I don’t listen to music while I’m writing. I find it too distracting. My favourite summer song is Silent Noon, a setting of Dante Gabriel Rossetti’s poem by Ralph Vaughan Williams. It is a beautiful love poem and really captures that hushed stillness of a summers day. You can listen to it here: https://www.youtube.com/watch?v=OEo2e2PnhuM
Do you find that your reading tastes differ between winter and summer?
Not really. I read pretty much the same, all year round. What I read depends more on what new books are being released at any given time.
Do you find it easier to write in the summer months or during the winter?
It is far more tempting to skive off for a day or more in the summer. Frequently, though, I can combine this with a research trip. You find Georgian houses, large and small, everywhere in Ireland, and fascinating small museums all over the country. Many of the country houses are now small hotels or guest houses and I love staying in them.
Would you like to tell us a little about your latest novel, or your current work in progress?
My latest novel, The Potential for Love, is set in 1816. When Arabella Malvin sees the figure of an officer silhouetted against the sun, for one interminable moment she thinks he is her brother, against all odds home from Waterloo. But it is Major Thomas Ferraunt, the rector’s son, newly returned from occupied Paris who stands in front of her. For over six years, Thomas’s thoughts have been of war. Now he must ask himself what his place is in this new world and what he wants from it. More and more, his thoughts turn to Miss Malvin, but would Lord Malvin agree to such a mismatch for his daughter, especially when she is being courted by Lord Henry Danlow?
As Arabella embarks on her fourth Season, she finds herself more in demand than ever before. But she is tired of the life of a debutante, waiting in the wings for her real life to begin. She is ready to marry. But which of her suitors has the potential for love and who will agree to the type of marriage she wants? As she struggles to make her choice, she is faced with danger from an unexpected quarter while Thomas is stunned by a new challenge. Will these events bring them together or drive them apart?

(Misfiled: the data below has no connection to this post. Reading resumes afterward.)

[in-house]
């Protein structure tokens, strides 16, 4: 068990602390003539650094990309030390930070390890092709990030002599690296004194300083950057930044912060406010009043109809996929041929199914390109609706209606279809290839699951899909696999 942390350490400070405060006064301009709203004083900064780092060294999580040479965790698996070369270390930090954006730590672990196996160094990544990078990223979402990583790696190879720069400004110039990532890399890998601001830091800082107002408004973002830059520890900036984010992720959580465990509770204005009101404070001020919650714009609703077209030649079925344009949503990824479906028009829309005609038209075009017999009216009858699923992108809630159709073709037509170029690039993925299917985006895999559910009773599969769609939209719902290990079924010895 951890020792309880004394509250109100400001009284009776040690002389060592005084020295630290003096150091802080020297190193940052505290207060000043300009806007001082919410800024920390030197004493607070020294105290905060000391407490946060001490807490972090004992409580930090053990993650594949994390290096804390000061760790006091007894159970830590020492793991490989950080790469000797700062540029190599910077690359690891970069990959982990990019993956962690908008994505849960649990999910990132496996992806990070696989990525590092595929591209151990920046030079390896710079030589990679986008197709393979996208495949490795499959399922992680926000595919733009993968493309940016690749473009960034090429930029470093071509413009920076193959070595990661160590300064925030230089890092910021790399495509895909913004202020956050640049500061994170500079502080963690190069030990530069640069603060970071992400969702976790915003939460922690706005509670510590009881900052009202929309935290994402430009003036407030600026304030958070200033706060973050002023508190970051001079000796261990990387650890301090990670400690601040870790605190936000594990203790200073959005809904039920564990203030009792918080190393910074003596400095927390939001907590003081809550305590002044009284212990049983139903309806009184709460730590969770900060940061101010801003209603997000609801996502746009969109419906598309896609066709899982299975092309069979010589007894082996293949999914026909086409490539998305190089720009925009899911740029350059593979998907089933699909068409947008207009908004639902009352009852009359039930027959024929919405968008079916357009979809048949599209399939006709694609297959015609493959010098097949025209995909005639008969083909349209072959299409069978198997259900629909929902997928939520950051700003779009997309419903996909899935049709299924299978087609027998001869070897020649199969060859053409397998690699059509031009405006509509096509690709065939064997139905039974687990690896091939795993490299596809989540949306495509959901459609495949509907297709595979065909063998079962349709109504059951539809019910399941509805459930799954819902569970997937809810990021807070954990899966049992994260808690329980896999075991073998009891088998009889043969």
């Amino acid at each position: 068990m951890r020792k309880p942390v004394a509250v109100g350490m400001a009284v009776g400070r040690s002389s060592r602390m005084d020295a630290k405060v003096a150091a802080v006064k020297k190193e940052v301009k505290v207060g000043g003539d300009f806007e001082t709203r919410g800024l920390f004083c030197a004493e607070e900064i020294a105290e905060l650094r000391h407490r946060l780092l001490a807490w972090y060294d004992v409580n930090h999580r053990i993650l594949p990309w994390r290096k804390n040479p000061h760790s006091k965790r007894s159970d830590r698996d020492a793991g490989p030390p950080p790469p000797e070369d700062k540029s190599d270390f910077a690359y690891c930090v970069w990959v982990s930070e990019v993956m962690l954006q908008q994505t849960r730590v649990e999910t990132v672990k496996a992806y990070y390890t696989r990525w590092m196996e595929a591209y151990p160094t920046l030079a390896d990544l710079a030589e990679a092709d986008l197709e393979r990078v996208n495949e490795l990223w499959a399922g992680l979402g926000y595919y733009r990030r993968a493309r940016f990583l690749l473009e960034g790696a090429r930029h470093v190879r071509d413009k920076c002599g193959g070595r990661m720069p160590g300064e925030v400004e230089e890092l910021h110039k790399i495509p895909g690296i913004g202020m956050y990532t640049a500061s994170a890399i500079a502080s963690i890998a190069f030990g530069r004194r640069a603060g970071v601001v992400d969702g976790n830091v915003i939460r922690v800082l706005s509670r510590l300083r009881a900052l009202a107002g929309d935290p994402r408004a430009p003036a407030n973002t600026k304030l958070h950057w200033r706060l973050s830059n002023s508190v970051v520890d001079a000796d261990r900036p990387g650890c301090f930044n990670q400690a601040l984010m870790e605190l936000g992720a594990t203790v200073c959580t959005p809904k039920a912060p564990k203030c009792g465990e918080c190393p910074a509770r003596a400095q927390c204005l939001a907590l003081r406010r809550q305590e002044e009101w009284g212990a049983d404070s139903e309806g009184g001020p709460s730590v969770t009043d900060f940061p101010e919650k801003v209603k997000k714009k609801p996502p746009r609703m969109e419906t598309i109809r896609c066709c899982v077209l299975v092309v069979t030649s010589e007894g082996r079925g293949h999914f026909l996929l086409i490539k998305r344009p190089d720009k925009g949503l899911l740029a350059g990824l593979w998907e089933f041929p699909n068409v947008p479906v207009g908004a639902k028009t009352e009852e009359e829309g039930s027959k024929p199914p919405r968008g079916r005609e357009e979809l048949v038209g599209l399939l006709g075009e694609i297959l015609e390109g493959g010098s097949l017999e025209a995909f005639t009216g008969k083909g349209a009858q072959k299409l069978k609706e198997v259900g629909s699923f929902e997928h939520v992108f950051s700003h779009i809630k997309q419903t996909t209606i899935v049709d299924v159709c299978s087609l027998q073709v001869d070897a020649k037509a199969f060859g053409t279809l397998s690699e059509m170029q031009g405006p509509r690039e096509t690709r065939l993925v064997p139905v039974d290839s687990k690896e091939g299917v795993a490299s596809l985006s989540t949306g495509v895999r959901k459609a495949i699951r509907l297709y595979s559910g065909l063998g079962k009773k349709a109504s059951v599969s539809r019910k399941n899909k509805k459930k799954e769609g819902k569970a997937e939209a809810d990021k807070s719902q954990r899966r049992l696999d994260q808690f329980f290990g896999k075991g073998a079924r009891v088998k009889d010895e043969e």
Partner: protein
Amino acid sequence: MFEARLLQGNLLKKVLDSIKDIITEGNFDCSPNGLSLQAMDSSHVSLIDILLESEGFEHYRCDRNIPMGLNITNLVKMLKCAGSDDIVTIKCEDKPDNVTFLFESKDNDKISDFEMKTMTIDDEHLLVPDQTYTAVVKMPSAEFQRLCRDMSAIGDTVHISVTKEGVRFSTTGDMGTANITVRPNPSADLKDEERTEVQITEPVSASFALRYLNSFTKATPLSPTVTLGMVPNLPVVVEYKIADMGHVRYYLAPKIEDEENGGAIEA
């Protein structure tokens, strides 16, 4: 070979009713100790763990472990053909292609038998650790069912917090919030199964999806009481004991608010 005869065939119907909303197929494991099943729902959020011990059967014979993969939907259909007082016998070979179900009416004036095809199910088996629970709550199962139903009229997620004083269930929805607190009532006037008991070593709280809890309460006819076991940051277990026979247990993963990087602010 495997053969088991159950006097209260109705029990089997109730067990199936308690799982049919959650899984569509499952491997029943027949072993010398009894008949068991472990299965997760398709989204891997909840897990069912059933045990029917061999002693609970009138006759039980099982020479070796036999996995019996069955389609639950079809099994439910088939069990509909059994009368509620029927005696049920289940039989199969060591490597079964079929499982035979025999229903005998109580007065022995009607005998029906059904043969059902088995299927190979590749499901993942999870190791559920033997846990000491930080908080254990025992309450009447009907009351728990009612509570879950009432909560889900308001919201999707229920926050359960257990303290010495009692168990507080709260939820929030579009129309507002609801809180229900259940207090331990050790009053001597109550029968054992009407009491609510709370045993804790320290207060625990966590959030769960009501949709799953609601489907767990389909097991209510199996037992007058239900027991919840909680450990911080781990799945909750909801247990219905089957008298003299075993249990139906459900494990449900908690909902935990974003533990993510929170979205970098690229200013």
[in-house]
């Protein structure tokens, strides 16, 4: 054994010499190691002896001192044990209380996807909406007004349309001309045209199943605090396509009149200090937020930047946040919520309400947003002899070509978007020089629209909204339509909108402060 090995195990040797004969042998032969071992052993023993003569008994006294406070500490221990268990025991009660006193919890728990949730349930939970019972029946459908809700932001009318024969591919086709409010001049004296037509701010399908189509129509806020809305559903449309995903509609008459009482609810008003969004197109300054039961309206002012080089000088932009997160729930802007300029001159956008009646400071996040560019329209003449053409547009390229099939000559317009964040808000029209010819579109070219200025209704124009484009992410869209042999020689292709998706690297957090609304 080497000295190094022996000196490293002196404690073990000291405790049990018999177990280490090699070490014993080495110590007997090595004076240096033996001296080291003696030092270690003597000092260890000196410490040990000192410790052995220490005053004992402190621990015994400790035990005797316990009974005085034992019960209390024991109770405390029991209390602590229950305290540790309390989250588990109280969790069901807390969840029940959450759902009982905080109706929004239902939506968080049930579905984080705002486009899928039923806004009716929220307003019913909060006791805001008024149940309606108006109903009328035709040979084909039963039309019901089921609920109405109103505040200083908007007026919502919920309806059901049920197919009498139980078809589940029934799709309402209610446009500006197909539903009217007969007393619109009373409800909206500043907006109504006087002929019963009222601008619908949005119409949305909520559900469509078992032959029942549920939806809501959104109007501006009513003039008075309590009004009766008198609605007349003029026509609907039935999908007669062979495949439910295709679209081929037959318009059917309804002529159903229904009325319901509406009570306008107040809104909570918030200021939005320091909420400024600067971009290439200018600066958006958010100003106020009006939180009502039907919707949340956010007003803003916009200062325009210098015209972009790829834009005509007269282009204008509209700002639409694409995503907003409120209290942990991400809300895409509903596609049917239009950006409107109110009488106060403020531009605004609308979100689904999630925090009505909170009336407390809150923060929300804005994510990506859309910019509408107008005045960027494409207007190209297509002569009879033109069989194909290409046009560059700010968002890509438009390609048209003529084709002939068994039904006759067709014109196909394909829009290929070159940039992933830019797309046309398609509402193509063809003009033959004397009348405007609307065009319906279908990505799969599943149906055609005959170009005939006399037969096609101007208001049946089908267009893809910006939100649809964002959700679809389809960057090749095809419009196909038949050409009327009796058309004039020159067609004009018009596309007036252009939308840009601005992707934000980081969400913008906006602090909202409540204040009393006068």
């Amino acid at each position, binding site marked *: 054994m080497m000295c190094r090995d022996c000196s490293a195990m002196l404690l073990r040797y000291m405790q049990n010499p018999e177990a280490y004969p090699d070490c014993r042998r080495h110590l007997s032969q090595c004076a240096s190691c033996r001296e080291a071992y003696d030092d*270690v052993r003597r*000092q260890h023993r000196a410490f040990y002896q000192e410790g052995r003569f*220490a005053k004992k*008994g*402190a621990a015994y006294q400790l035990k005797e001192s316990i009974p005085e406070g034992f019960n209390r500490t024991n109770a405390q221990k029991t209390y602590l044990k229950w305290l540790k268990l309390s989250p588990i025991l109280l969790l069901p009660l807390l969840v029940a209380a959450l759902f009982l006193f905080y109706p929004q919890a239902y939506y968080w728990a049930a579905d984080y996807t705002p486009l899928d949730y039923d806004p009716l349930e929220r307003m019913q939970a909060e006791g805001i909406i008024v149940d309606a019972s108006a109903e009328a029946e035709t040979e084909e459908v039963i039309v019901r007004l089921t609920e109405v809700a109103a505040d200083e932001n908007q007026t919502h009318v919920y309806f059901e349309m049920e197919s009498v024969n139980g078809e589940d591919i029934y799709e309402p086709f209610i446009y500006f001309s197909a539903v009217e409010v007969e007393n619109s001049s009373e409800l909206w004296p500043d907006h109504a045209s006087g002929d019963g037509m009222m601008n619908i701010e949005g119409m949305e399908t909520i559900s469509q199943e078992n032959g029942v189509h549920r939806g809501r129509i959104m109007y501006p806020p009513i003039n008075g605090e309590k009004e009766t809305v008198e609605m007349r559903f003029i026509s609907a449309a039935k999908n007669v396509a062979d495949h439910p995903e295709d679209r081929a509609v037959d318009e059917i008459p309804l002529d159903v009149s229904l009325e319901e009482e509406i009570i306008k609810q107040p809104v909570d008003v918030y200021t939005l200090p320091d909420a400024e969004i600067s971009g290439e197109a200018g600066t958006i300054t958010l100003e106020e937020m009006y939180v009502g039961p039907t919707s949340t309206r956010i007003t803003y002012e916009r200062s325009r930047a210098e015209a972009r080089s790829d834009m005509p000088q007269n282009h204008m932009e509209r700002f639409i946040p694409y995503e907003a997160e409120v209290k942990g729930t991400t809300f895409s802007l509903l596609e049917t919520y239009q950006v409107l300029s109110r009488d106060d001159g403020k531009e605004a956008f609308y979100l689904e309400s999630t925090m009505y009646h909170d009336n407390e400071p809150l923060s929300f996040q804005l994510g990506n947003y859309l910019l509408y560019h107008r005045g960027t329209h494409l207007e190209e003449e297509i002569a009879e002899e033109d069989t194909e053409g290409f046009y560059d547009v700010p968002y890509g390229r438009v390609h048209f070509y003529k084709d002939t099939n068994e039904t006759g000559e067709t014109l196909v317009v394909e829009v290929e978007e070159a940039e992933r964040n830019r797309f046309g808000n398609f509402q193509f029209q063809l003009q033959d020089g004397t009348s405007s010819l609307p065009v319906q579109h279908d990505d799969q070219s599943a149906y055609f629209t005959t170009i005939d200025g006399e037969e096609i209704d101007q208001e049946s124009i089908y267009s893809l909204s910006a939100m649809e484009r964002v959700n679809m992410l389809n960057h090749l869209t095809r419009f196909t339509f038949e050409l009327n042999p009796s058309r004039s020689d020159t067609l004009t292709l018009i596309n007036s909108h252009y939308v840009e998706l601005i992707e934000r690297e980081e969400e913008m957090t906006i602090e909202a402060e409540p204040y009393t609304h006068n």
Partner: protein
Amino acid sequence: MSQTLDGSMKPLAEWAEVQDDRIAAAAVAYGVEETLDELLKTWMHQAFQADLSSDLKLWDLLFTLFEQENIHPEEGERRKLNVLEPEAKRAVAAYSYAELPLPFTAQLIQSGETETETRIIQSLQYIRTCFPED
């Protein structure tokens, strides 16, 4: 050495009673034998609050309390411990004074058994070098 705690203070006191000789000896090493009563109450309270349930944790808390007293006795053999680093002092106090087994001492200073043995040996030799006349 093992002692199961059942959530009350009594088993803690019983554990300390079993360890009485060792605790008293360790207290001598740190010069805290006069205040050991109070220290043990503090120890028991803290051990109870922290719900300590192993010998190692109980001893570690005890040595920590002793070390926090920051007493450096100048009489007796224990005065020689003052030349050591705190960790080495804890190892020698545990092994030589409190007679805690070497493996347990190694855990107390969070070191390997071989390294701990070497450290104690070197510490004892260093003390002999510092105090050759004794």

Catherine, where can we follow you on social media?
More about Catherine Kullmann
Catherine Kullmann was born and educated in Dublin. Following a three-year courtship conducted mostly by letter, she moved to Germany where she lived for twenty-five years before returning to Ireland. She has worked in the Irish and New Zealand public services and in the private sector. Widowed, she has three adult sons and two grandchildren.
Catherine has always been interested in the extended Regency period, a time when the foundations of our modern world were laid. She loves writing and is particularly interested in what happens after the first happy end—how life goes on for the protagonists and sometimes catches up with them. Her books are set against a background of the offstage, Napoleonic wars and consider in particular the situation of women trapped in a patriarchal society. She is the author of The Murmur of Masks, Perception & Illusion, A Suggestion of Scandal and The Duke’s Regret. Her latest book is The Potential for Love.